And I’ll be honest, Philadelphia has a lot of race issues and poverty issues and we’ve been able to bridge some gaps through the cannabis work. Education is a problem and perhaps we can get some of the cannabis tax dollars into the education system and then cannabis can provide some kind of healing to the city and the state.

Storytelling and giving a voice to people is a large focus of your work. What role does storytelling have in righting the wrongs of cannabis criminalization?

I learned through my experiences as a data director for a state campaign that storytelling is what moves things. If you know anything about organizing political campaigns, storytellers are the proof that the fundraising dollars work.

I also know how hard it is to tell your story. I don’t always feel comfortable. I don’t like telling people the story about my dad as the immigrant who started to grow weed instead of taking the perfect job but that’s the kind of work you need to do. Here in Philadelphia, the minimum wage is $7.25. How is anybody going to live here? Like, let’s talk about it. White, Black, brown people, they need to find a way to live here, so they’re growing or selling cannabis so they can have a livelihood. But it’s like, what are we really talking about? What are the real problems?

How can cannabis play a role in empowering communities?

I’m an activist. And at first, you’re trying to change the world. And then you realize, Wait, I’ve got to make money. I’ve got to pay my bills. So I’ve got to get those business skills. But there’s still so much to learn, right? Now we have legal cannabis, this whole new economy, this new industry that we can maximize and we can leverage. We can make money. But we have to have our business acumen at a certain place. We have to have our community in a certain place. We have to have an understanding of cannabis, not only for ourselves but what it means for our community.

So there are a couple of things you have to do. But I would definitely say you have to be rooted in your own personal experience and understanding of cannabis.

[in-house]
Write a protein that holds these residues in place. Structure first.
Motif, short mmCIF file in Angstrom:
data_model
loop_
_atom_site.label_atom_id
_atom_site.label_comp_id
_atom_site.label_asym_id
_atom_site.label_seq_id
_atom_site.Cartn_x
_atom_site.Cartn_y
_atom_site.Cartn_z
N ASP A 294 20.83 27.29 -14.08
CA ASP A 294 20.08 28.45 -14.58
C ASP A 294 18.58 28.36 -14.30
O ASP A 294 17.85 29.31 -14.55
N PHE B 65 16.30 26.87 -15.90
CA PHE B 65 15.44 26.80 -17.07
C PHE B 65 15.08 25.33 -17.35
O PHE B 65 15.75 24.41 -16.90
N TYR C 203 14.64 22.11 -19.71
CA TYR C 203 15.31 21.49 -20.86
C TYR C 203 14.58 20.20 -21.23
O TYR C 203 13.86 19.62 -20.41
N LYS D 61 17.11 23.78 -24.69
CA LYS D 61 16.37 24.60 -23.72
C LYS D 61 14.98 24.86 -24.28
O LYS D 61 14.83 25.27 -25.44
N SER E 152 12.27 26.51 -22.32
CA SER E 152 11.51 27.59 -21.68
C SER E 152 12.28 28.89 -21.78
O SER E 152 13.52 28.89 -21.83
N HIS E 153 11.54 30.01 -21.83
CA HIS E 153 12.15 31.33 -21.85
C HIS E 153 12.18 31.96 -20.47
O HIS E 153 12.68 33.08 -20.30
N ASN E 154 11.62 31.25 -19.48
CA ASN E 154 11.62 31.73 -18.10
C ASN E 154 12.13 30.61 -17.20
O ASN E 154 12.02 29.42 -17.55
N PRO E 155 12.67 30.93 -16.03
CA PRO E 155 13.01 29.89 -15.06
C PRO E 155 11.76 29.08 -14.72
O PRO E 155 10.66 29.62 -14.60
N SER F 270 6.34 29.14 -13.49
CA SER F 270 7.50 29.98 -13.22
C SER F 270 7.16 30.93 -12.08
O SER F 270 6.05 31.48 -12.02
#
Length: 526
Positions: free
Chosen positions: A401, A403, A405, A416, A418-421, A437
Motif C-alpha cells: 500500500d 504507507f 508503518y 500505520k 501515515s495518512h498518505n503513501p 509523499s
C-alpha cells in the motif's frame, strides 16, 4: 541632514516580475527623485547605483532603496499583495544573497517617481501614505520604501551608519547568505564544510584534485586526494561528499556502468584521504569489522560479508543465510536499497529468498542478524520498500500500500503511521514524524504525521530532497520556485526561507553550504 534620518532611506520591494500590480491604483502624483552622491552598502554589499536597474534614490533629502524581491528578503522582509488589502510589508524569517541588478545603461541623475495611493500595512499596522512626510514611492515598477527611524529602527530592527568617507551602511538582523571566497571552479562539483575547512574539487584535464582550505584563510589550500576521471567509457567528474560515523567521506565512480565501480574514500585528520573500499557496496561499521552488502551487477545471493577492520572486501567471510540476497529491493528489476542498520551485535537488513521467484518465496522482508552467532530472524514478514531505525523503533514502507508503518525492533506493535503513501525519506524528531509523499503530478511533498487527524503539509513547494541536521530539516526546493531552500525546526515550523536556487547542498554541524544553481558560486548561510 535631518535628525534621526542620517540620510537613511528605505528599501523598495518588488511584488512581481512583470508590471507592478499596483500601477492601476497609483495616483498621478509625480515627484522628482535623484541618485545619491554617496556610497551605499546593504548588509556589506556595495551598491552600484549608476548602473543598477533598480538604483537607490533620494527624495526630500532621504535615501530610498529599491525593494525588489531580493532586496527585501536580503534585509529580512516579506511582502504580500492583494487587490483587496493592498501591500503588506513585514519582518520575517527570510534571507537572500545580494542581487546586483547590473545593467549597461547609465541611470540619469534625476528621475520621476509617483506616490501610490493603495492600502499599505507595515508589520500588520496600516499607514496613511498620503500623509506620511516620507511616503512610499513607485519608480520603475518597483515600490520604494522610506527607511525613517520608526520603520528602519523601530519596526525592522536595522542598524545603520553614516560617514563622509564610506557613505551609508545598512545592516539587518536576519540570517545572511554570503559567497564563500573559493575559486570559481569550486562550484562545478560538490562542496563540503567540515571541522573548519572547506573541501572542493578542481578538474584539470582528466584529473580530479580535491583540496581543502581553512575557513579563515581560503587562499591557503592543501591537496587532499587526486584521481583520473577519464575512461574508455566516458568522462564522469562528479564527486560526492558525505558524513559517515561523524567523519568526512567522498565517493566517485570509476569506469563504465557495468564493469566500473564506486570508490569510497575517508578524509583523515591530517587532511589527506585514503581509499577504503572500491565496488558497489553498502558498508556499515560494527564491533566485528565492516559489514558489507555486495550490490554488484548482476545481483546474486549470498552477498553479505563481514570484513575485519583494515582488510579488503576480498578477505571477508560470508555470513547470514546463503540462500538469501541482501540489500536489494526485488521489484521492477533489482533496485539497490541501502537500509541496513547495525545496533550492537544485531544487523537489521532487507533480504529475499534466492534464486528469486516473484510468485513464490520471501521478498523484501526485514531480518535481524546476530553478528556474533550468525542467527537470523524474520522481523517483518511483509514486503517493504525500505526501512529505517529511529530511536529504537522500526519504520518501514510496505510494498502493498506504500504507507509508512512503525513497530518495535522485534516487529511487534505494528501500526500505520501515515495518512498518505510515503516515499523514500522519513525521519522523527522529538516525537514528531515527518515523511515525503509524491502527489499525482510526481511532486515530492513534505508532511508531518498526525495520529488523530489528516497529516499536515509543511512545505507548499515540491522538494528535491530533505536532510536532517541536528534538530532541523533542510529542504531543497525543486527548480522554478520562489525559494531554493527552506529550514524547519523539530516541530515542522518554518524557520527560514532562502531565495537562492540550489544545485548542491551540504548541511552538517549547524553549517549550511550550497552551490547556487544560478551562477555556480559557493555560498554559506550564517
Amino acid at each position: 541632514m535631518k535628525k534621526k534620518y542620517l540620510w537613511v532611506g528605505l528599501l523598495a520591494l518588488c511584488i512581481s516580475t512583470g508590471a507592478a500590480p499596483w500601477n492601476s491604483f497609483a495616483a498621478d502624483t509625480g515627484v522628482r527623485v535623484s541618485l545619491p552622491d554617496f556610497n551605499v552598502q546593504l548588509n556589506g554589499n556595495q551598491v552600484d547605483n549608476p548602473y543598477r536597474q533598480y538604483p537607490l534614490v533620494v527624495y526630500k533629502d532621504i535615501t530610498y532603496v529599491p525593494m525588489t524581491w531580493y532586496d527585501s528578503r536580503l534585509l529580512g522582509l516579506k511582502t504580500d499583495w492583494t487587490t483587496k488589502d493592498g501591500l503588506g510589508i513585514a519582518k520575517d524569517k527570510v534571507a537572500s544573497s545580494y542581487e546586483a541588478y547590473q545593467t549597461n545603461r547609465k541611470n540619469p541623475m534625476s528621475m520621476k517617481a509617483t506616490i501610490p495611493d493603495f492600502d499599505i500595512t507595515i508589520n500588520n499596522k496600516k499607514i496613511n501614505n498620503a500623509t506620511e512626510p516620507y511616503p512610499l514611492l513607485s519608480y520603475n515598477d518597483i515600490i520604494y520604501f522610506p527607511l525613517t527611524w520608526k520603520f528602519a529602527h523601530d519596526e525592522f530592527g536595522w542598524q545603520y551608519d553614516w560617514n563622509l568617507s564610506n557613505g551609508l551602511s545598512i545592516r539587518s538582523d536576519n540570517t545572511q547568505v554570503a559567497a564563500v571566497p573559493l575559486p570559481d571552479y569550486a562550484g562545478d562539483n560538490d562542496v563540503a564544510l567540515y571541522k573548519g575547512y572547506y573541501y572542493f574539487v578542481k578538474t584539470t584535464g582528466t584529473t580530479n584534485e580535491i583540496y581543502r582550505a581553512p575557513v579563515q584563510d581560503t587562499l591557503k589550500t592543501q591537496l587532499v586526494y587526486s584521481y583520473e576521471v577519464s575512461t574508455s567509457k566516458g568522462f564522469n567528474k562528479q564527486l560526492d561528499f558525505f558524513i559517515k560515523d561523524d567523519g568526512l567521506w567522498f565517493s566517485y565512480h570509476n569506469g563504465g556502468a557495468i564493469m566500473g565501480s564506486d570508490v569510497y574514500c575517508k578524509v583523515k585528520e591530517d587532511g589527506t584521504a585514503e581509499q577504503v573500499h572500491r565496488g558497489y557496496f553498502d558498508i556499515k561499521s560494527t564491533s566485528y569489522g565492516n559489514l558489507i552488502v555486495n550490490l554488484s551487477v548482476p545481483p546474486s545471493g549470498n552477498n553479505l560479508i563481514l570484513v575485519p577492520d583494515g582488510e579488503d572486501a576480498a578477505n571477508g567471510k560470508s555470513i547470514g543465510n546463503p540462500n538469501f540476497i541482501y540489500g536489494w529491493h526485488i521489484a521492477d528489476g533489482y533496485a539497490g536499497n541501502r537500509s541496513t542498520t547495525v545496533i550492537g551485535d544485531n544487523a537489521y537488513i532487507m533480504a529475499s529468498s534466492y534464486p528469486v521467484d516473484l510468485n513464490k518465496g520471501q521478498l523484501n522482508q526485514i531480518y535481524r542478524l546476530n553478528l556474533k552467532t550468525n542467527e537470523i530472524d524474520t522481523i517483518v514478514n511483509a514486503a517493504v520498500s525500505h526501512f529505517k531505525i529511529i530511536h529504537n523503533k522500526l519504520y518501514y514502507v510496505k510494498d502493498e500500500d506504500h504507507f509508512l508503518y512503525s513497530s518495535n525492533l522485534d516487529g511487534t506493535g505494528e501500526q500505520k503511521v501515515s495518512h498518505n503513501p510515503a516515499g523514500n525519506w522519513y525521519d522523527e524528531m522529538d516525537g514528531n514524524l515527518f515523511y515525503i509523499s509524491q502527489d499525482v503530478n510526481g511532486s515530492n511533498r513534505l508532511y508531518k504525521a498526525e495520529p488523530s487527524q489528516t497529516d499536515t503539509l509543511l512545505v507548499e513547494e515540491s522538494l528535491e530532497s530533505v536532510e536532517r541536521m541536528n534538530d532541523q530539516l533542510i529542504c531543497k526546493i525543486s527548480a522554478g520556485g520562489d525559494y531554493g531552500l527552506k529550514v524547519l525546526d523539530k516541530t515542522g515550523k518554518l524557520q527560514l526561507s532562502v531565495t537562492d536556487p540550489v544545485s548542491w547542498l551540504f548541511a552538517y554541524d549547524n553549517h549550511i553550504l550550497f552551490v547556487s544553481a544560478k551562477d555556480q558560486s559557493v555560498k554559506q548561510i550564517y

Has your relationship with cannabis changed through your work?

It’s transformed my understanding of wellness. Even though I’m a vegetarian and I have a conscious understanding of wellness, I was incomplete and I still journey in my relationship with cannabis. And that’s why we focus on changing the perception and reducing the stigma and shame. People are using coffee, sugar, tobacco, and alcohol to manage things. Why do I feel so bad about cannabis? And why are we talking about that, rather than the core issues? We’re all going through something. And my work as an organizer, and even working at startups, made me realize that cannabis was helping me show up and be calm and managed and be an activist and an entrepreneur and a mentor to people. But I still feel embarrassed by this. So I think we just need to redefine what medicine and wellness mean.

Do you have any advice for those seeking to enter the industry about how they can find a path that works for them?

Take your time and try to work with folks that you align with. Don’t try to do this all on your own. Network and find a community and take your time building trust in that community so that you can feel comfortable and vulnerable and explore the things that you want to do.

Region: Pennsylvania